5. Testing the Networking Code. Even though we nearly shipped a game with a decent networking code a year ago and had an understanding of what it takes to get it done -- we still underestimated the complexity of the task. We set a high quality bar, which was to create a robust multiplayer engine rivaling those in the best products -- and we did not want to settle on anything less than that.
Our multiplayer mechanics were very strong and fun to play, so we had to support them with proper tech to allow 16 players to play online. In order to reach the mass-market we established pretty low bandwidth requirements, and to achieve this goal we had to do a pretty major re-architecturing of the networking engine.
Once the commitment was made and the work started -- there was no going back. Our old networking code was no longer compatible with the rest of the engine, but the new system was insanely complex and needed to be properly debugged.
Normally, you want to stay away from "insanely complex" systems because they are hard to develop, debug and maintain. But it looks like it's the nature of the business when it comes to multiplayer. All the issues we had in single player were now multiplied by a factor of 16 (the maximum number of players TimeShift supports).
You want to test stability? Performance? Bandwidth handling? Great! All you need to do is to find 16 people that are available at request, ideally sitting in different offices (St. Petersburg, NJ and LA), make sure they all have the same build, and do the test. Then repeat as needed.
The amount of testing we had to go through was absolutely insane. We came up with a concept of mini-builds, which allowed us to distribute builds faster. We ran dozens of tests on a daily basis assembling bandwidth handling stats, trying to provide the multiplayer team with enough information to do the analysis.
A dedicated multiplayer QA team in LA was running daily tests with their counterparts in India, running multiple 16-player matches with different settings on various bandwidths. But a week before release we were still unhappy with the results -- even though our lead multiplayer engineer, Stas, was leaving the office at 5 AM nearly every day of the week. It still remains a mystery how he pulled it off -- but he did.
All the crashes were addressed, bandwidth handling streamlined, and we shipped with very solid code which allowed people from various parts of the world to play on a server with minimal lag and use the voice over IP feature.
Even though we finally succeeded, this entire experience was scary, and worked totally against our normal planning. We are always trying to implement "big systems" first to minimize the risks and bring the game to a shippable quality long before the finishing time, which needs to be reserved for minor tweaking and polish.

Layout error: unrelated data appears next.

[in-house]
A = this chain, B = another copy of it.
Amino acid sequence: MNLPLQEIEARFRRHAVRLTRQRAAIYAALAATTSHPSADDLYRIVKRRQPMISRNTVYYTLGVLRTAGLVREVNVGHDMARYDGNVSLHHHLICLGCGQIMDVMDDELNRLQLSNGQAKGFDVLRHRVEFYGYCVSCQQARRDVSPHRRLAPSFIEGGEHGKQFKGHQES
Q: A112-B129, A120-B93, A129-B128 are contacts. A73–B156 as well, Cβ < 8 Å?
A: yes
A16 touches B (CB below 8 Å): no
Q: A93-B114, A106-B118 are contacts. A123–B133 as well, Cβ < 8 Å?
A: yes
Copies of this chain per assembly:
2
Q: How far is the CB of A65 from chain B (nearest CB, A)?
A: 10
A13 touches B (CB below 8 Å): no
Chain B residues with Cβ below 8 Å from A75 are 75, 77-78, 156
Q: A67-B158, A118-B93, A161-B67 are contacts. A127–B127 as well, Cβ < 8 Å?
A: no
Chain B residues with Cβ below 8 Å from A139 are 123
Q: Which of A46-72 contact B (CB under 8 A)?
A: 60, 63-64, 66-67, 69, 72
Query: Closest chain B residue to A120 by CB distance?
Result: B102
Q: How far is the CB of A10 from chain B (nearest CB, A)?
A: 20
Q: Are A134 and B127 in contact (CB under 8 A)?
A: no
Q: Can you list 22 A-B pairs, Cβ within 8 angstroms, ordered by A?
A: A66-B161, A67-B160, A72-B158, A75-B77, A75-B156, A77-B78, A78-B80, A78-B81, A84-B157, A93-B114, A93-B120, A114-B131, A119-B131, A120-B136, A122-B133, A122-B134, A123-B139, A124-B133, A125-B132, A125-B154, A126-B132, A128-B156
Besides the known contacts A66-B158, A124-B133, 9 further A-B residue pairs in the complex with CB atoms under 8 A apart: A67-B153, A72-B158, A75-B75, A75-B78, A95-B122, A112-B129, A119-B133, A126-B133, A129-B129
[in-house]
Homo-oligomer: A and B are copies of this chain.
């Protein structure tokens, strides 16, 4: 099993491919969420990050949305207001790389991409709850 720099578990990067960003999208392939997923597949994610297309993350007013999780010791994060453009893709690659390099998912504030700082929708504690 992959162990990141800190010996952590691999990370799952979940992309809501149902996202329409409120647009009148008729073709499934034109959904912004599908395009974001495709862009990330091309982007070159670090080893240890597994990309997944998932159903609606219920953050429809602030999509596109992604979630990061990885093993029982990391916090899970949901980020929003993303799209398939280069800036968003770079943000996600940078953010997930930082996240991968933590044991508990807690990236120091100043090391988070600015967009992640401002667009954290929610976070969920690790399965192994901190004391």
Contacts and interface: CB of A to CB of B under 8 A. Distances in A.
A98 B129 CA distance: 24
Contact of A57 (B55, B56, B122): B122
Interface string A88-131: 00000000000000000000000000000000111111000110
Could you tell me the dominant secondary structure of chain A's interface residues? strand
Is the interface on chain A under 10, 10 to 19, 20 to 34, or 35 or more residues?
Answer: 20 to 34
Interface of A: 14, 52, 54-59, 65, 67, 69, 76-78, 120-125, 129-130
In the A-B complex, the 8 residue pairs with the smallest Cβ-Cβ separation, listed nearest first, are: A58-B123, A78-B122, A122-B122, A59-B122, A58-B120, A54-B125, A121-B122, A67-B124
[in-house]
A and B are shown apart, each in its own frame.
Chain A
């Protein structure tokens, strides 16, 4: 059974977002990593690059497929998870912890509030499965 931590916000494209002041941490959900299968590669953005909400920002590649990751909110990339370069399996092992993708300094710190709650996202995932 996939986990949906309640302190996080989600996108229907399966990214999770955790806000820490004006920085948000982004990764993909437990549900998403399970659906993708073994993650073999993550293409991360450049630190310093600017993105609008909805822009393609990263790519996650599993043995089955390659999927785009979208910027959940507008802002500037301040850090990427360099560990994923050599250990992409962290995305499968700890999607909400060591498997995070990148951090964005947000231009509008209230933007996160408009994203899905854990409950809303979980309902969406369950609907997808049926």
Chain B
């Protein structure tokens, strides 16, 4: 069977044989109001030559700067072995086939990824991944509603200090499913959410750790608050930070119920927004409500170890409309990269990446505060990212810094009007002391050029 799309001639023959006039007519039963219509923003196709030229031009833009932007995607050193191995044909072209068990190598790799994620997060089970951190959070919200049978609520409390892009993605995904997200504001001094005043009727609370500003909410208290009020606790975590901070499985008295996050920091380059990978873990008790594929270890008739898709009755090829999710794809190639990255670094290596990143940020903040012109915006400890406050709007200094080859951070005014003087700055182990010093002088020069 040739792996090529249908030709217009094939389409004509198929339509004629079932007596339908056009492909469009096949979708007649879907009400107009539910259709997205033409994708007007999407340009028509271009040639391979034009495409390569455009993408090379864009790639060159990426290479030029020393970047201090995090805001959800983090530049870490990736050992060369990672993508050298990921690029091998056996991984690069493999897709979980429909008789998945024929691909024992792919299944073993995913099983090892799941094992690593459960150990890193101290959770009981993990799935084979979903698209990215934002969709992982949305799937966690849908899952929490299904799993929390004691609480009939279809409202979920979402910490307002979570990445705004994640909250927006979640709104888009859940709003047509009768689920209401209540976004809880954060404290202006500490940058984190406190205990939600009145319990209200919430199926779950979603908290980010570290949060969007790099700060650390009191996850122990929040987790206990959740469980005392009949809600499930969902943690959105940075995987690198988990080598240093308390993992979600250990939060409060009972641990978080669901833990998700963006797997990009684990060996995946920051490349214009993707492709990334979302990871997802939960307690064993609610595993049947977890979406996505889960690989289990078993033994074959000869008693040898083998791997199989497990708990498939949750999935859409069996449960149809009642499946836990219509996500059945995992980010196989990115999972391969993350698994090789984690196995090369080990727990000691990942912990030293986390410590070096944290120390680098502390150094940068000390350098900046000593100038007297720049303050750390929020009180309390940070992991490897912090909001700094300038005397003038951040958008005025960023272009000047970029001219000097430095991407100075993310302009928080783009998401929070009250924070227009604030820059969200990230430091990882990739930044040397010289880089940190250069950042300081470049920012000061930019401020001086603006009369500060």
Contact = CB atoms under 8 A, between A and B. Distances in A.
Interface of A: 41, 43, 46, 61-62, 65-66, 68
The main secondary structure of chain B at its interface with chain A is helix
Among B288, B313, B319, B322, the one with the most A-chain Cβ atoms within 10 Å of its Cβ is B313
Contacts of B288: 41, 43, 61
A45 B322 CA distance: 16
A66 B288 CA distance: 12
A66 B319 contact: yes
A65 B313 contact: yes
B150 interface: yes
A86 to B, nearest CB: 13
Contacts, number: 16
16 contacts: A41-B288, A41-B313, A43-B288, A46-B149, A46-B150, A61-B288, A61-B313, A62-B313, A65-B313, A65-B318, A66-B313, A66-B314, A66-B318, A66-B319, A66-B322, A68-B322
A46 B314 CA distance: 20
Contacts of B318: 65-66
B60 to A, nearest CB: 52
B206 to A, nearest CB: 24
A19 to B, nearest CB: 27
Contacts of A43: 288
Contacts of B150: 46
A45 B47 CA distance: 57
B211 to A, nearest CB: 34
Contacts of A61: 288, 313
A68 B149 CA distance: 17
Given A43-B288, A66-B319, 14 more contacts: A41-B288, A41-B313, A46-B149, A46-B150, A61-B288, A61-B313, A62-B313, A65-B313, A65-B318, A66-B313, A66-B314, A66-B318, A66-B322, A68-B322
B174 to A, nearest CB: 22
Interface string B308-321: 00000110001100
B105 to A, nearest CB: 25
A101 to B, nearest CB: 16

That was certainly not the case with multiplayer. A lesson we learned was that we underestimated the massive scope of testing required to bring the multiplayer component to the quality level we wanted. Also, multiplayer coming together so late in the process did not allow us to have any beta testing of this component of the game.
Surprisingly, though, based on the user feedback, multiplayer implementation is very solid in TimeShift. In fact many consider it to be better than the more established shooters that released this season.
Working exceptionally long hours, dealing with unexpected technical hurdles, managing multiple SKUs, and adapting to ever-changing business requirements, working on TimeShift was a very trying experience for everyone involved, both at Saber and at Sierra.
We could have never anticipated what it would take to put together a AAA product under such tight deadlines, but we were determined to make it to the finish line and to create a great game. We emerged from this experience as a much more mature team ready to take on even bigger challenges.
TimeShift is Saber's first console game, our first AAA title and probably the highest profile game ever to come out of the former Soviet Union this side of Tetris. We are very proud of what we accomplished and look forward to a normal development cycle where we can really show off our talents as a team
Developer: Saber Interactive
Platforms: PC, Xbox 360, PlayStation 3
Release date: Fall 2007
Development Time: 4 years
Number of full-time developers at peak: 92
Number of contractors at peak: over 50
Hardware: over 120 hi-end PCs with latest graphics hardware, including various "farm racks"; about 30 Xbox 360 dev and test kits; about 25 PS3 dev and test kits
Software: in addition to standard dev tools, we used SN DBS (making distributed builds on PS3), gcc 4.1.1 (PS3 compiler), SN Tuner (PS3 performance analysis), ProDG, NvPerfHUD, NvShaderPerf, ATIGpuPerfStudio (graphics performance analysis on PC), VTune Performance Analyzer and Thread Profiler, PIX & XbPerf (performance analysis on Xbox360)
Middleware technology: GameSpy, Fmod, Bink, Havok